Out of this throne proceeds the river of life, and on its banks stands the tree of life, yielding the various fruits of immortality. No temple is found here. No night overcasts the sky. No moon shines. No sun arises. The Lord God Almighty and the Lamb are the temple of this divine residence—the Sun which shines with the splendor of everlasting day.



1 John 5:14 "And this is the confidence that we have in him, that if we ask anything according to his will, he hears us."

Lord Bolingbroke once asked Lady Huntingdon how she reconciled prayer to God for particular blessings, with absolute resignation to the Divine will.

"Very easily," answered her ladyship; "just as if I were to offer a petition to a monarch, of whose kindness and wisdom I have the highest opinion. In such a case, my language would be, I wish you to bestow on me such or such a favor; but your majesty knows better than I, how far it would be agreeable to you, or right in itself to grant my desire. I therefore content myself with humbly presenting my petition, and leave the event of it entirely to you."



Revelation 21:27 "But there shall by no means enter it anything that defiles, or causes an abomination or a lie, but only those who are written in the Lamb's Book of Life."

In Heaven, there will be nothing to deceive, nothing to pollute, nothing to awaken disgust. Every sinner, and every sin, will be finally excluded. Rebellion will have spent its force, the iron rod of oppression will be broken; the trumpet of war will have blown its final blast; the last shout of battle will have expired; destructions will have some to a perpetual end. Tumult, suspense, and fear, will be no more. The minds of these happy inhabitants will never more be assailed by temptation. No lust will rankle within; no enemies will seduce without. Universal love will allure every eye, engross every heart, and move every hand. Peace, therefore, not in word, nor in tongue, but in deed, and in truth; the peace of minds, the harmony of views, the unison of affections—will spread over all the millions who inhabit this land of promise; and diffuse a universal, and eternal serenity within and without the soul.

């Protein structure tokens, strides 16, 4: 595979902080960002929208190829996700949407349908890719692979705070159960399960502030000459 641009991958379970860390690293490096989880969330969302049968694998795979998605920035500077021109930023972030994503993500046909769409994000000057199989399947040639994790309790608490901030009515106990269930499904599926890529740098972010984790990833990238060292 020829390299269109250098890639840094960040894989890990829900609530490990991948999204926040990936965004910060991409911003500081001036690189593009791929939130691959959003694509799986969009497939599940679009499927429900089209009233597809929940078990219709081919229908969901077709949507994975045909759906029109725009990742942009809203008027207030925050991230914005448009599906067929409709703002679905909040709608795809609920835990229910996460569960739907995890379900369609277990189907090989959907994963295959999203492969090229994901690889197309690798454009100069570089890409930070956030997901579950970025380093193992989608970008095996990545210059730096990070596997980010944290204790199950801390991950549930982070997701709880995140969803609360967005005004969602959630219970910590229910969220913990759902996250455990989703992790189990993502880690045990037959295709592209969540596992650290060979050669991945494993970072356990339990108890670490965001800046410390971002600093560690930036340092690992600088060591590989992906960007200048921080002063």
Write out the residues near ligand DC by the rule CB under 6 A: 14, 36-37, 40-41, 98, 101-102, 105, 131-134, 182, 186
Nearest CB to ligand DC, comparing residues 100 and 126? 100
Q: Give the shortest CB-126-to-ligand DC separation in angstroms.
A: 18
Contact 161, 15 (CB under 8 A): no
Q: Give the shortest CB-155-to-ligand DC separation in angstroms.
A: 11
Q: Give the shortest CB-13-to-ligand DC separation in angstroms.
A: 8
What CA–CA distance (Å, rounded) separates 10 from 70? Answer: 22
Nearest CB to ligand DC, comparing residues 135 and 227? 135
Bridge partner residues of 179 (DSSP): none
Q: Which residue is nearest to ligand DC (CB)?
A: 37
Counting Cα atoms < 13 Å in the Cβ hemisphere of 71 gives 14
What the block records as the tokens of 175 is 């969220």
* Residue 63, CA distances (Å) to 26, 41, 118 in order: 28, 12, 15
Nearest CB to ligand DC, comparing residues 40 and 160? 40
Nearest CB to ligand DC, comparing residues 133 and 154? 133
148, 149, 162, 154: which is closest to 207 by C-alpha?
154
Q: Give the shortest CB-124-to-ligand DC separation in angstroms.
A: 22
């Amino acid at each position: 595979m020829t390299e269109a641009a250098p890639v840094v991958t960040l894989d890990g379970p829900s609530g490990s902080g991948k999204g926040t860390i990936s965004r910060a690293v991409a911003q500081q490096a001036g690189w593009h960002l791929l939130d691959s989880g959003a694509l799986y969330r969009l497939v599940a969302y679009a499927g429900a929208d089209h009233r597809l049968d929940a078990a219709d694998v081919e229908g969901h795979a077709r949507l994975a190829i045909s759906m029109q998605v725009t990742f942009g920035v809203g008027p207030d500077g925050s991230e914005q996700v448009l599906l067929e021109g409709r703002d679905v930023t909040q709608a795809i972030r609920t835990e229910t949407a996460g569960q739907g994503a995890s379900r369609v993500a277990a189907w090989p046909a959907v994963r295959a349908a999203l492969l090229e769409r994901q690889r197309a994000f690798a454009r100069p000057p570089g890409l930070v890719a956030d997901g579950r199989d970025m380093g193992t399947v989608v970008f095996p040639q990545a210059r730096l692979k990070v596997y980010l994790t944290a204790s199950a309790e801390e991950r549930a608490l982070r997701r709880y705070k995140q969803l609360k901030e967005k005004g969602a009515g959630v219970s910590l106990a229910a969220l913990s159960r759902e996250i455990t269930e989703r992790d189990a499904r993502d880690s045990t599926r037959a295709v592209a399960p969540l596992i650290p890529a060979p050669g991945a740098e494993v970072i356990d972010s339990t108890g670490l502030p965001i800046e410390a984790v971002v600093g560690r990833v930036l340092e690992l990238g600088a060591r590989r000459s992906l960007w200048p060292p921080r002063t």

Here, also, all things will live. Death and sorrow, disease and pain, crying and tears, will have fled forever. There will be nothing to destroy, nothing to impair, nothing to lament. Everything will live; and not merely live, but grow, and flourish, and bloom, without interruption. Life in a sublime and superior sense, life immortal will saturate the streams and trees, the leaves and fruits; and animate the minds and bodies of the first-born.